Indian Institute of Technology-Bombay. (Satish Bate/HT Photo)
Indian Institute of Technology-Bombay. (Satish Bate/HT Photo)

Mumbai: IIT-B students who discovered closest asteroid to Earth recognised by ASI

Three students of the Indian Institute of Technology-Bombay (IIT-B), who had last year discovered the closest asteroid to have crossed the Earth without touching it, have been recognised by the Astronomical Society of India (ASI)
By Priyanka Sahoo, Mumbai
UPDATED ON FEB 24, 2021 11:38 PM IST

Three students of the Indian Institute of Technology-Bombay (IIT-B), who had last year discovered the closest asteroid to have crossed the Earth without touching it, have been recognised by the Astronomical Society of India (ASI).

Kritti Sharma, Kunal Deshmukh and Harsh Kumar received special mention under the ‘New Discovery Award 2020’ from the ASI. In August last year, the students discovered an SUV-sized asteroid that soared barely 2,950 km above the surface of the Earth. Named ‘2020 QG’, this was then the closest known asteroid to fly by the planet without impacting it.

On August 16, the students, who are part of a large international collaboration searching for Near-Earth Asteroids, discovered this object just hours after it passed by the Earth using data from the robotic Zwicky Transient Facility (ZTF) in California.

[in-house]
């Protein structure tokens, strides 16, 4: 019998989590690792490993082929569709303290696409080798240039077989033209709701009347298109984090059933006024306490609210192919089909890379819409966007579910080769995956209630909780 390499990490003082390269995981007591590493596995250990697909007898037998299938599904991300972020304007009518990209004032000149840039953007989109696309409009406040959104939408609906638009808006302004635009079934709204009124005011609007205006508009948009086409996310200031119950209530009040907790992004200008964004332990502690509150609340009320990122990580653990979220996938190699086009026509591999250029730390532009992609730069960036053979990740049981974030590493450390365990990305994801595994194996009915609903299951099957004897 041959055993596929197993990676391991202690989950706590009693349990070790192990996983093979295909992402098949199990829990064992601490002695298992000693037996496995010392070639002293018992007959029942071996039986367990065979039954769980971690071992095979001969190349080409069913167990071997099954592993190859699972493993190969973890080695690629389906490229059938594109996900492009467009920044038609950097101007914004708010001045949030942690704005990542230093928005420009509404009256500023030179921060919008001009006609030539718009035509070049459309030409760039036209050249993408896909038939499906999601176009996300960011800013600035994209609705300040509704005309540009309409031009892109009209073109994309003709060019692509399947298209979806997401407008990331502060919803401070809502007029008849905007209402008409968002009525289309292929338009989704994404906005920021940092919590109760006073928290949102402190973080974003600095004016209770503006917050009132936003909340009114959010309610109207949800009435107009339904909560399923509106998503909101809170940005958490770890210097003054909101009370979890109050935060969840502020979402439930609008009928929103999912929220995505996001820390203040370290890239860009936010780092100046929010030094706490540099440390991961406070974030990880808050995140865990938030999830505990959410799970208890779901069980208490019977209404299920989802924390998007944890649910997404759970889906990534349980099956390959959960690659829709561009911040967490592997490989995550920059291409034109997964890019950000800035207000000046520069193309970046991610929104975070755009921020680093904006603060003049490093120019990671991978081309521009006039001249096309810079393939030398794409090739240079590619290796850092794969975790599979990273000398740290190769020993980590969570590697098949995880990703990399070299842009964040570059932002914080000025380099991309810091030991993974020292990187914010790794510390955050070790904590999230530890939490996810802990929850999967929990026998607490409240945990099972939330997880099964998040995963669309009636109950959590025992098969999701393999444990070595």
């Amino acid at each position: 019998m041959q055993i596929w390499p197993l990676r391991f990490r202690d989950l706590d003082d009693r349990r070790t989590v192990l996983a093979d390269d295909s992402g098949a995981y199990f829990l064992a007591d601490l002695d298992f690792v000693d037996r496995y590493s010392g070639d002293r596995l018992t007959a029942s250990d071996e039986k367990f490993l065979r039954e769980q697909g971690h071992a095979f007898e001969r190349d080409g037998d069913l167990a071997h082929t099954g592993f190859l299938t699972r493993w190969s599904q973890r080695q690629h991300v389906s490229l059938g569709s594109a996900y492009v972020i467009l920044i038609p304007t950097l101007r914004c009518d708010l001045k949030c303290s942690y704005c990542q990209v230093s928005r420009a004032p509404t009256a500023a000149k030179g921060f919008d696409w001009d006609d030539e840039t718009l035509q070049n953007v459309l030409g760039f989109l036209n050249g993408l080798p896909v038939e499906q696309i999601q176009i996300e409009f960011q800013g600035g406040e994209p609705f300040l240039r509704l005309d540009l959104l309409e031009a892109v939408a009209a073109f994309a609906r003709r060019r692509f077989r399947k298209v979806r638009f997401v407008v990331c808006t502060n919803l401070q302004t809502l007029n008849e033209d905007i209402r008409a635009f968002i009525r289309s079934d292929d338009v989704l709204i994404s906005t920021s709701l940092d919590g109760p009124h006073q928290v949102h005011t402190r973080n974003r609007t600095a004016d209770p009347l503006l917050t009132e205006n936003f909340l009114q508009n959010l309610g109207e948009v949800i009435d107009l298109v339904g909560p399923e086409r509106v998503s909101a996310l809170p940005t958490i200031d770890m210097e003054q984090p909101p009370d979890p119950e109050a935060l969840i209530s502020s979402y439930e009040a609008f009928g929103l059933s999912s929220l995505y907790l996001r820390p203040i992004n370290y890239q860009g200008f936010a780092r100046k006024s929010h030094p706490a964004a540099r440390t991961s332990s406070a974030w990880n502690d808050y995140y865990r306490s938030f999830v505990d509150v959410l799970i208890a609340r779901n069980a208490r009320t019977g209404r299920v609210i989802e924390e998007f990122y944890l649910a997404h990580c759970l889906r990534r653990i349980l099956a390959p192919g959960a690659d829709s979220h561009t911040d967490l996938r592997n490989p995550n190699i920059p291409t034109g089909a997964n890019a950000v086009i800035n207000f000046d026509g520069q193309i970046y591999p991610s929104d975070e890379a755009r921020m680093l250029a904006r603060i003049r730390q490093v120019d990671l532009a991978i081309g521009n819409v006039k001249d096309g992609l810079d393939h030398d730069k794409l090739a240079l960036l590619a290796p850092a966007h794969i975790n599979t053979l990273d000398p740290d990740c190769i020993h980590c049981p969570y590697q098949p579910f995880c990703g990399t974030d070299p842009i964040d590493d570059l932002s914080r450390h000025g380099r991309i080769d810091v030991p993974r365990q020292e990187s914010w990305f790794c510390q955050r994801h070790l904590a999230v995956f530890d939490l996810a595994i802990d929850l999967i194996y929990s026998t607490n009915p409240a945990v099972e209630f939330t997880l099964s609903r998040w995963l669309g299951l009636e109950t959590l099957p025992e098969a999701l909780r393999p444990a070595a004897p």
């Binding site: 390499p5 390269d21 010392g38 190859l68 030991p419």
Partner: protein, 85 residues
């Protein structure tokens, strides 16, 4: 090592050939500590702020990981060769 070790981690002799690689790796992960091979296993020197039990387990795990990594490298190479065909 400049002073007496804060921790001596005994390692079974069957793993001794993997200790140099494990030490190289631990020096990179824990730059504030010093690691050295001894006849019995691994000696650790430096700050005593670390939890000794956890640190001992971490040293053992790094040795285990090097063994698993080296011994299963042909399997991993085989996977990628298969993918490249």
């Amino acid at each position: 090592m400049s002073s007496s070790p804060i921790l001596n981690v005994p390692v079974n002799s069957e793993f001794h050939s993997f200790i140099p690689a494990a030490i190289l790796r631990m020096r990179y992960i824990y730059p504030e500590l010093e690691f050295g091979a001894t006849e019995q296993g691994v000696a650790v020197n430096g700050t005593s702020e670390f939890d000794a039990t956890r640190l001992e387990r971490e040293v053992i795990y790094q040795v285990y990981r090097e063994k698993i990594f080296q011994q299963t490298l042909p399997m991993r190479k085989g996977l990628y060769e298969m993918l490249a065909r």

While this record was surpassed by a comet 2020 VT4 discovered by the ATLAS telescope system in November 2020, the students at IIT-B have been recognised by the ASI, one of the largest groups of professional astronomers in the country.

“It is nice to be recognised. It encourages us to continue our work in the field,” said Sharma, a 21-year-old hailing from Panchkula in Haryana.

“Kunal Deshmukh and Kritti Sharma, students at the IIT-B, play an essential role in asteroid discovery using the Caltech Zwicky Transient Facility (ZTF) in California. They scan images for candidate asteroids in near-real-time as they are taken by ZTF and consequently allow very fast identification of exciting asteroids such as 2020 QG. Fast identification is essential so that other telescopes around the world can perform follow-up observations to determine the orbit of the asteroid. If it were not for their work, 2020 QG would have only been found hours later, losing crucial time for additional observations,” said Thomas Prince, Ira S Bowen, professor of physics; Allen VC Davis and Lenabelle Davis, leadership chair, Keck Institute for Space Studies; Jet Propulsion Laboratory, senior research scientist and director, WM Keck Institute for Space Studies at Caltech.

IIT-B director Subhasis Chaudhuri said, “The trio routinely uses the GROWTH-India telescope to image and verify asteroid candidates found in sky surveys, and report the results to the Minor Planet Centre of the International Astronomical Union. Between them, they have discovered over 43 asteroids in the last one and a half years, with more being added each week.”

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